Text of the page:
Has America Reported for Duty in the Resource Wars?
March has been a big month in the Resource Wars - the long-term scramble by the world's major powers to secure access to strategic metals and minerals essential to economic growth and national security. Exhibit A: The announcement that the U.S., European Union and Japan are initiating a World Trade Organization (WTO) action against China for its restrictive export policies on a range of technologically-critical metals know as Rare Earths.
But for all the ink it received, the WTO Rare Earths case may just be the second most important action the White House has taken this month on the strategic resource issue.
While the WTO action got the full Rose Garden rollout, including a podium-thumping tough-on-China presidential speech, a second Presidential action - Executive Order 13603 - arrived in minor-key mode, posted on the White House website late on a Friday afternoon, three days after the Rose Garden Rare Earths salvo.
Not that the Executive Order on "National Defense Resources Preparedness" went unnoticed by all. A certain segment of the blogosphere went straight to Def Con 1, hyperventilating that President Obama had just put in place the rationale for declaring martial law.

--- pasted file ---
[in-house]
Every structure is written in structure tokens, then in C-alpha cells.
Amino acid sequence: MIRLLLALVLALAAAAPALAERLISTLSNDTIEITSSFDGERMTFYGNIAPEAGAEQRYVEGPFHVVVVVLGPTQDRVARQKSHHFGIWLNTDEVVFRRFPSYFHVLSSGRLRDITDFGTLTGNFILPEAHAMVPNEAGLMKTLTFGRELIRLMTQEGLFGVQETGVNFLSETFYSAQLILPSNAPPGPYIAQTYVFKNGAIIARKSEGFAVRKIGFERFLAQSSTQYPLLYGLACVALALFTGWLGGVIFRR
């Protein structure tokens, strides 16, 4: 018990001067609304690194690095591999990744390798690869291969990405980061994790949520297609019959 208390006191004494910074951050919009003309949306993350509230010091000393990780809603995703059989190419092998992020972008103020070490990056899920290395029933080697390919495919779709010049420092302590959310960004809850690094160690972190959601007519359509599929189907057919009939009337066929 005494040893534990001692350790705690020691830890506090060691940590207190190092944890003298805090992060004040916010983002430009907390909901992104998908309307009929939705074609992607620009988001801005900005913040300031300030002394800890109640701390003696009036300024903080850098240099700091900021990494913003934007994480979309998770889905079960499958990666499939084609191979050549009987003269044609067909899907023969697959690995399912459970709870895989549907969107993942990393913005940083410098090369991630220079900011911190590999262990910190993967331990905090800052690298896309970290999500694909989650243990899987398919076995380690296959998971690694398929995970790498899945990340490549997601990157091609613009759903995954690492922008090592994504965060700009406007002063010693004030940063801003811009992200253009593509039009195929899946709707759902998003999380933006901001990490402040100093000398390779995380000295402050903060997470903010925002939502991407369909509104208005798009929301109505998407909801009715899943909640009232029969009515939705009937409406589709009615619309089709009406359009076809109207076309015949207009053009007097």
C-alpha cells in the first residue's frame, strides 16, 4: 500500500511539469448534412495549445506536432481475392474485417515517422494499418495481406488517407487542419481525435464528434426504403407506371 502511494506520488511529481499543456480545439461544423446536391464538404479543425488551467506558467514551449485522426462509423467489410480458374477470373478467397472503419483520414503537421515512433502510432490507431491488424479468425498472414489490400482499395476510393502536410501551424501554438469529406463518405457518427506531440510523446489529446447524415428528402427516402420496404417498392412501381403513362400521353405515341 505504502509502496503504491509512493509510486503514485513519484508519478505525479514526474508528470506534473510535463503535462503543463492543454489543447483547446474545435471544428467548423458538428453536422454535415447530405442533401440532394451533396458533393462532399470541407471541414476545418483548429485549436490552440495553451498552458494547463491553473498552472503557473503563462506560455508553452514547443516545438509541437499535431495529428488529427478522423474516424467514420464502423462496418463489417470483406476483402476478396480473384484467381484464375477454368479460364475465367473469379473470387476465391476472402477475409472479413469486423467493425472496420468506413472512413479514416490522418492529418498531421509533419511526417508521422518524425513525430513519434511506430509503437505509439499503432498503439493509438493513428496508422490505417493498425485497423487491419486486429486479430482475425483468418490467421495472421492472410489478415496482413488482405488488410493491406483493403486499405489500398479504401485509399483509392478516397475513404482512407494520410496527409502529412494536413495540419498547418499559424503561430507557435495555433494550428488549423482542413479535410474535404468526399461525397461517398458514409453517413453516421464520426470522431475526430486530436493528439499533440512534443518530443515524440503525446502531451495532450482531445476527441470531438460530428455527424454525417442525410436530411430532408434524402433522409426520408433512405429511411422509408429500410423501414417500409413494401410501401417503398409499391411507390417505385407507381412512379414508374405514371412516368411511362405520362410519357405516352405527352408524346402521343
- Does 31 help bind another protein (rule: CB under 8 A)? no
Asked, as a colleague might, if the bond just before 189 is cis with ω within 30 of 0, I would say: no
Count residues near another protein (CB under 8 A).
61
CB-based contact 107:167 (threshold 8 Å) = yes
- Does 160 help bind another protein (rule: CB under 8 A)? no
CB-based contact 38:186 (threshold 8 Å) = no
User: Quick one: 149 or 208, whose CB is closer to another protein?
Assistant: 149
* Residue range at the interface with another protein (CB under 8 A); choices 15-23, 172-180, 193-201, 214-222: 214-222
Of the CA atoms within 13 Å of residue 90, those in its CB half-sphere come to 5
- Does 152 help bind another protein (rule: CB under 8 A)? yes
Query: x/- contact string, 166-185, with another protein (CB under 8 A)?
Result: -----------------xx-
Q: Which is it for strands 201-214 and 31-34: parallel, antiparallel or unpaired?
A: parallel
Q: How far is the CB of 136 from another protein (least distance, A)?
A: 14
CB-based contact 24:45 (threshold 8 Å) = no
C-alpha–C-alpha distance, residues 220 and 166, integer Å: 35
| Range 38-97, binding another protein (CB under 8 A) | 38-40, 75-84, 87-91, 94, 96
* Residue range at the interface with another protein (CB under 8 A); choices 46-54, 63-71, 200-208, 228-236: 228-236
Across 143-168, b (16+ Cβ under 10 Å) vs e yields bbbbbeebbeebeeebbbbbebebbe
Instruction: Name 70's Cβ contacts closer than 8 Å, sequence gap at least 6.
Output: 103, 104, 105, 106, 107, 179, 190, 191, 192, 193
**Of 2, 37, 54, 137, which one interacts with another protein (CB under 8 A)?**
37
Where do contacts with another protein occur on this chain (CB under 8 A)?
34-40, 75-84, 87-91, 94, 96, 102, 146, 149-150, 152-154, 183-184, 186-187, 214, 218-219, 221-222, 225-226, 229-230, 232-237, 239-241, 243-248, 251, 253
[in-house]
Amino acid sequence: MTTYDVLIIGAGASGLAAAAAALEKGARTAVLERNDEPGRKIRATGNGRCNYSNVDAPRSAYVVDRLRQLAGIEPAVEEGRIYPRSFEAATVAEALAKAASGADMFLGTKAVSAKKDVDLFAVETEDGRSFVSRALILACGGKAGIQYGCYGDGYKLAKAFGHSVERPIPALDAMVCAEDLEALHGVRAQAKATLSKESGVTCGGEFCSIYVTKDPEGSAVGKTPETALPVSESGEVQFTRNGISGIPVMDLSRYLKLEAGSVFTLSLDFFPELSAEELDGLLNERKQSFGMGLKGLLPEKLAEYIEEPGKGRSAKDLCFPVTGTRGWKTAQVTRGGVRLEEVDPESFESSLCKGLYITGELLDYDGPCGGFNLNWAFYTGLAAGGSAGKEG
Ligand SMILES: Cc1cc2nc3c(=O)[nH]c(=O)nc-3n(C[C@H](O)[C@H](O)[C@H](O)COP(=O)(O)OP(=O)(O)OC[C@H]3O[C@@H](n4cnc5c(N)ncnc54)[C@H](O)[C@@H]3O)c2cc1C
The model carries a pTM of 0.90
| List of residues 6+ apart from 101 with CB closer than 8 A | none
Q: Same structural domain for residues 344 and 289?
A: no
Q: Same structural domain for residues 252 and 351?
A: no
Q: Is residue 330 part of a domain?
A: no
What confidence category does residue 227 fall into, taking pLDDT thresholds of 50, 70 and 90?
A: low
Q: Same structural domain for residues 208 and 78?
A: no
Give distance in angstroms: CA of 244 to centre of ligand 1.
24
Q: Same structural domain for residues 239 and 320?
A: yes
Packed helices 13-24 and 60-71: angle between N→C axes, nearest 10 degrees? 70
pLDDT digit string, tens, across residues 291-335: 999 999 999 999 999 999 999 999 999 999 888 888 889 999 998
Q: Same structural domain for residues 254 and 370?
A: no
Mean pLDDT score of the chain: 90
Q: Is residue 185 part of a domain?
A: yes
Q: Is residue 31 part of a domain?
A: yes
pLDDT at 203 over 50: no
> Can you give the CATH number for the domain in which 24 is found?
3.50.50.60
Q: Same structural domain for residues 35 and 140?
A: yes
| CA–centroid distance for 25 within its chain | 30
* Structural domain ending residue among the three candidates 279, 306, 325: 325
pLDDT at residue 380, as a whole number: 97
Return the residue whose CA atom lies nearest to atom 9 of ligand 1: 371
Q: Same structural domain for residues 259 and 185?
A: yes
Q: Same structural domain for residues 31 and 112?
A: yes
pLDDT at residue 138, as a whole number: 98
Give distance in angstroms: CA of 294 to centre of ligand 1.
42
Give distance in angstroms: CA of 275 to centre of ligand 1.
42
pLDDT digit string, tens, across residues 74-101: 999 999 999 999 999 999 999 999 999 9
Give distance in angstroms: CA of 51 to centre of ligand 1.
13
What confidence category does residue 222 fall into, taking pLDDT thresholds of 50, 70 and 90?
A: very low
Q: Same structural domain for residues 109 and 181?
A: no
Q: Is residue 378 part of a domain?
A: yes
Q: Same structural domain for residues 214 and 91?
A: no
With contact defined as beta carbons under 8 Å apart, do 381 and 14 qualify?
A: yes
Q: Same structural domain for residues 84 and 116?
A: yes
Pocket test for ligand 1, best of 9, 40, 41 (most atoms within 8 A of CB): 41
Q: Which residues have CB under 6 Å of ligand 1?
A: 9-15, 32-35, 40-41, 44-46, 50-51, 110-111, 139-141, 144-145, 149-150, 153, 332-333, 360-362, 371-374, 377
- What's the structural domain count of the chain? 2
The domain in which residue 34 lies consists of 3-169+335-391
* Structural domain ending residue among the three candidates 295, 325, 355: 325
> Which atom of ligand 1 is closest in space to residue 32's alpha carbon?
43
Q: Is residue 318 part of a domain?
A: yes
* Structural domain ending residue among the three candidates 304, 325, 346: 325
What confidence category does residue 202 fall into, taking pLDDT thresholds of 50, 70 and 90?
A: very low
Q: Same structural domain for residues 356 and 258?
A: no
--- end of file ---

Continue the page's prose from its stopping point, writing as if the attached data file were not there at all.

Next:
But as the saying goes, when you hear hoof beats, think horses, not unicorns. Sometimes an Executive Order on National Defense Resource Preparedness is just that. What's notable about the new Obama EO is the degree to which it assumes that a range of natural resources are critical to our advanced weapons systems, and therefore our defense readiness. See, for instance, Section 306:
Strategic and Critical Materials. The Secretary of Defense, and the Secretary of the Interior in consultation with the Secretary of Defense as the National Defense Stockpile Manager, are each delegated the authority of the President ... to encourage the exploration, development, and mining of strategic and critical materials and other materials.